Legal Data Mining, Machine Learning and Visualization
Legal Data Mining Conference gathered professionals and academics from the technology, Artificial Intelligence and Law fields to discuss the future of Law. The two-day workshop focused on both the fundamental and practical issues of legal data mining. The event was organized by David Restrepo Amariles (Assistant Professor of Law at HEC Paris) and Ken Satoh (Professor at the National Institute of Informatics of Japan) in March 2019 at the Barreau de Paris.
cascad: A new certifying organization to help double-check scientific results
While scientific findings need to be assessed by peers and journal referees, the confidentiality of original data often makes the process arduous. An accredited organization launched by Christophe Pérignon (HEC Paris) and colleagues with access to the original research data can now ensure reproducibility of results. This not only promises huge gains in time and effort for researchers but will also shore up trust in scientific results.
Stopping “drug kingpins and rogue nations”: how US economic sanctions are shaping global banks
To date, at least nine international banks have paid enormous sums to the US as a result of violating US economic sanctions, including the French bank BNP Paribas, which was fined nearly $9 billion in 2014. As the US increasingly employs its punitive arsenal to force non-US banks to comply, this has resulted in their Americanization, argue two HEC professors.
The protection of whistleblowers: What does the law say in France and in the US
Should whistleblowers be compensated or prosecuted? In their latest research, professors from HEC Paris Nicole Stolowy and Luc Paugam, together with Lawyer Aude Londero, shed light on the different realities faced by whistleblowers depending on jurisdictions, in France and in the United-States, through numerous examples.
Restoring balance in a GAFA world with a new legal tool from France
The four giants collectively known as GAFA yield such power that it's easy for them to strike unfair deals with business partners and consumers. But a French commercial court has created a game-changing precedent by holding accountable a US-based online booking platform using the concept of significant imbalance. This has shaped a whole new doctrine which potentially brings more balance to transactions with GAFA. Explanation by David Restrepo Amariles, HEC Professor of Law.
Lobbying for Change: Find Your Voice to Create a Better Society
"How to make a better society? Turn all of us citizens into lobbyists." This is the game-changing theory put forward in Alberto Alemanno’s recent book, “Lobbying for Change: Find Your Voice to Create a Better Society” (London: Iconbooks), which was launched at the Royal Society of Arts in London, then presented in New York, Melbourne, Tokyo, San Paulo, and still presented all over Europe. Interview with the author on his recent book mixing political theory, public policy and behavioural sciences, and inspired by his own public interest work.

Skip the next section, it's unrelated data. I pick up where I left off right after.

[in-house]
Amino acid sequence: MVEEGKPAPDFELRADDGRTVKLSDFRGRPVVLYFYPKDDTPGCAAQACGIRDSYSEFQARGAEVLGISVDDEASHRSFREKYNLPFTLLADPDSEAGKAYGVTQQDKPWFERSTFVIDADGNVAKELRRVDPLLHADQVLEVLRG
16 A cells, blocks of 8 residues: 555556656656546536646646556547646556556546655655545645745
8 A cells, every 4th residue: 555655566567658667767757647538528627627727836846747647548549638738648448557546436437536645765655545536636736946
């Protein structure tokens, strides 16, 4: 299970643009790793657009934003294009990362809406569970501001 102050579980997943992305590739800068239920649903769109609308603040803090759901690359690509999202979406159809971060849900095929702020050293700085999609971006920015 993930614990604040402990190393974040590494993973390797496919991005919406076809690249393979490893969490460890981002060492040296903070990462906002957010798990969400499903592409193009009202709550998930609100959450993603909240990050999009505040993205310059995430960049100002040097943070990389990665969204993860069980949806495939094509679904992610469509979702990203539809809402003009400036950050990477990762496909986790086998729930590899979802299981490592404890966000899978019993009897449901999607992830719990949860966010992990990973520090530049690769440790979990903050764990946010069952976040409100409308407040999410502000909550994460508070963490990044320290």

Thinking through cannabis markets
The relationship between cannabis and society is a long and deeply contested one. Throughout history, cannabis has been associated with everything from health, leisure, and pop culture to criminal and immoral behavior. But beyond the simple debate about whether cannabis is good or bad, the study of cannabis markets needs interdisciplinarity, to know what is required to construct an effective and fair contested market.
Think, Teach, Act for an Inclusive and Sustainable World!
During this historical moment of transition to a more sustainable world, HEC Paris has a responsibility to help business stakeholders transform the challenges around this transition into opportunities – opportunities to maximize both economic and social value, notably by being more innovative and impactful. It is time to revisit existing organizational theories and rethink the way we teach business in terms of social utility. Find the newsletter of this Knowledge@HEC Journal here.
How France’s commercial courts stay relevant through the centuries
Commercial courts in France are overseen by peer-elected unpaid non-career judges. This judicial system has been in place for over four hundred years. In their recent study, Nicole Stolowy and Matthieu Brochier investigate how France’s commercial courts were set up and why they remain largely unchanged today. They show that France’s commercial courts are among the most efficient, with some of the lowest rates of appeal.